Prosecutors and defense attorneys declined to comment about the case, but the indictment lays out prosecutors' version of how the kidnappings occurred over a frenzied four-month period beginning in late 2001.

The documents allege the crew demanded a total of more than $5.5 million from relatives and associates of the victims, and eventually collected about $1.2 million used to buy expensive cars and make mortgage payments on luxury homes.

Mikhel used $2,500 to put a down payment on two Doberman pinschers to guard his house, prosecutors said.

At trial, prosecutors intend to present tape recordings of ransom calls, the DNA of two victims collected from handcuffs, and a pair of shoes that were matched to a bloody footprint found on a bridge near the New Melones Reservoir.

The scheme began when Mikhel and Kadamovas targeted George Safiev, 37, a wealthy Russian banking mogul who had recently moved to Los Angeles to start Matador Media, a film production company, prosecutors said in court documents.

After several failed abduction attempts, the kidnappers turned their attention to real estate developer Meyer Muscatel, according to the prosecutors.

Mikhel is accused of posing as an investor and luring Muscatel into what was billed as a business meeting in October 2001. Kidnappers killed him after they were unable to get money from his bank accounts, the prosecutors said.

His body was weighted down and dumped over a bridge along the reservoir. It was discovered a few days later with hands bound and a plastic bag over the head.

Prosecutors wrote that Safiev's accountant, Rita Peckler, was abducted and killed two months later when she was unable to lead the crew to Safiev.

The next victim was Alexander Umansky, who owned a car accessory business that once employed Krylov. Umansky was killed after his family paid more than $230,000 for his release, prosecutors allege, adding the crew sought even more money after his death and promised he would be returned alive.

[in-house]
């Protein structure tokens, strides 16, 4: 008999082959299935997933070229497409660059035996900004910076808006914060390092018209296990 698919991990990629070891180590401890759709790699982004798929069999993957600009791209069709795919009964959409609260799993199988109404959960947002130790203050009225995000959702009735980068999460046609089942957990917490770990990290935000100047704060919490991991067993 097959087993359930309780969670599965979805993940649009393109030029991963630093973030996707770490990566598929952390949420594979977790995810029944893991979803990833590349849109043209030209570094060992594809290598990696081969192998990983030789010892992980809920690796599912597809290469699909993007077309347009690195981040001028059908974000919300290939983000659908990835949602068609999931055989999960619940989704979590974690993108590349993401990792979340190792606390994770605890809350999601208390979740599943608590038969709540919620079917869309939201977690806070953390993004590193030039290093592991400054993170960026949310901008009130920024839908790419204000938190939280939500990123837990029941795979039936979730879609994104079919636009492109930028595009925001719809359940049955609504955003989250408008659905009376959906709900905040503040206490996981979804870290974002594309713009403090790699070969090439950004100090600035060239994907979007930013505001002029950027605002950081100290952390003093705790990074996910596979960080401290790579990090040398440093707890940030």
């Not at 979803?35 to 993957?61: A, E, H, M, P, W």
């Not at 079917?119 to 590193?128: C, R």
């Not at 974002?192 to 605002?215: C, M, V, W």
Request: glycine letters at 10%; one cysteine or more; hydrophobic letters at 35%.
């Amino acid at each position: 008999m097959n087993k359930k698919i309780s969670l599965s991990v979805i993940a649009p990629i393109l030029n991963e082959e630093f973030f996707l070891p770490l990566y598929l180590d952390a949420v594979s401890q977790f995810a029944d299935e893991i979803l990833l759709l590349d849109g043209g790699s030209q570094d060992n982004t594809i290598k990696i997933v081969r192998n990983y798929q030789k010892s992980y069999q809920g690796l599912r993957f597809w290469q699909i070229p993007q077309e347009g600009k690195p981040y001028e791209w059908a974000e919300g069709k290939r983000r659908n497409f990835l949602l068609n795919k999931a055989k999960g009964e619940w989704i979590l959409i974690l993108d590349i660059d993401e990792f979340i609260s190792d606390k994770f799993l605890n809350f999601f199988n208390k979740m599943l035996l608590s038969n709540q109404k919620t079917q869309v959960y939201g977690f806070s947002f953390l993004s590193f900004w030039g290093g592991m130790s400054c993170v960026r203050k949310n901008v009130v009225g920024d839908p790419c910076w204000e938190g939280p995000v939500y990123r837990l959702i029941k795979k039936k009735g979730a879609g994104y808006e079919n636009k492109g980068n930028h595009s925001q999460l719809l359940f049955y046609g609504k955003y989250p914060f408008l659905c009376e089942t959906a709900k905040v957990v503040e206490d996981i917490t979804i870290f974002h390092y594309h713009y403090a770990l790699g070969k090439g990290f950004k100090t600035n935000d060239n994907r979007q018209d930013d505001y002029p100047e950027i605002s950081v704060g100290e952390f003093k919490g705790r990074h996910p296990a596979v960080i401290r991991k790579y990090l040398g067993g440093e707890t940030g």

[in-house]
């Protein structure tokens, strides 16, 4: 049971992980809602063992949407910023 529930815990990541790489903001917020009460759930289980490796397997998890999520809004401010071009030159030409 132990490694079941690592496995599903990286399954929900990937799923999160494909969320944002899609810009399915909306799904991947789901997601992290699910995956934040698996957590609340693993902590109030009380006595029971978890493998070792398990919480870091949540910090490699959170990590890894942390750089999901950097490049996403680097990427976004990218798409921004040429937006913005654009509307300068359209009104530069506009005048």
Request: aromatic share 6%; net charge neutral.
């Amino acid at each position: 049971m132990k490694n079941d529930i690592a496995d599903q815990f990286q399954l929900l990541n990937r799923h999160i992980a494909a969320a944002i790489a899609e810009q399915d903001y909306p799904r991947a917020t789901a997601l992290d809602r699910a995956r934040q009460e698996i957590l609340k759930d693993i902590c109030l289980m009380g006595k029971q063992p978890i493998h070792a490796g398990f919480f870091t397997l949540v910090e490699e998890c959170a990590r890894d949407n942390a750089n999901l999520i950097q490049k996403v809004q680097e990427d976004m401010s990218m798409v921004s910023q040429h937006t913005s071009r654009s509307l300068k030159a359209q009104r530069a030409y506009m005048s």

Prosecutors wrote that Safiev was finally snared in early 2002 after his business partner, Nick Kharabadze, was abducted and forced to arrange a meeting with Safiev. Another business associate transferred $960,000 to a bank account that authorities said was controlled by the kidnappers.

Still, Safiev and Kharabadze were killed and dumped into the reservoir after being told they would be left alive at a motel, prosecutors said.

Authorities learned the location of the bodies after arresting a coconspirator who later pleaded guilty to charges related to the case.

Trial to start soon in brutal series of kidnap-slayings

Bodies of five Eastern Europeans found in reservoir near Yosemite

By Matt Krasnowski - SignonSanDiego.com

August 19, 2006

LOS ANGELES – A group of immigrants here from the former Soviet Union had an ambitious and deadly plan to raise $100 million.

It called for kidnapping rich Eastern Europeans who had relocated to Southern California and asking their families and associates for ransom. But prosecutors allege the kidnappers – with purported links to Russian organized crime – didn't honor their end of the ransom bargain.

Even though they received payments, the kidnappers allegedly suffocated five victims, weighted their bodies and dumped them in the New Melones Reservoir on the Stanislaus River in Northern California. They allegedly viewed the abductees as witnesses and killed them. Even after the victims were killed, the kidnappers allegedly continued to demand money from their families and business associates.

Court papers said one of the kidnappers boasted that the group would continue its money-making plan until the bodies they dropped in the reservoir near Yosemite National Park were “stacked on top of each other.”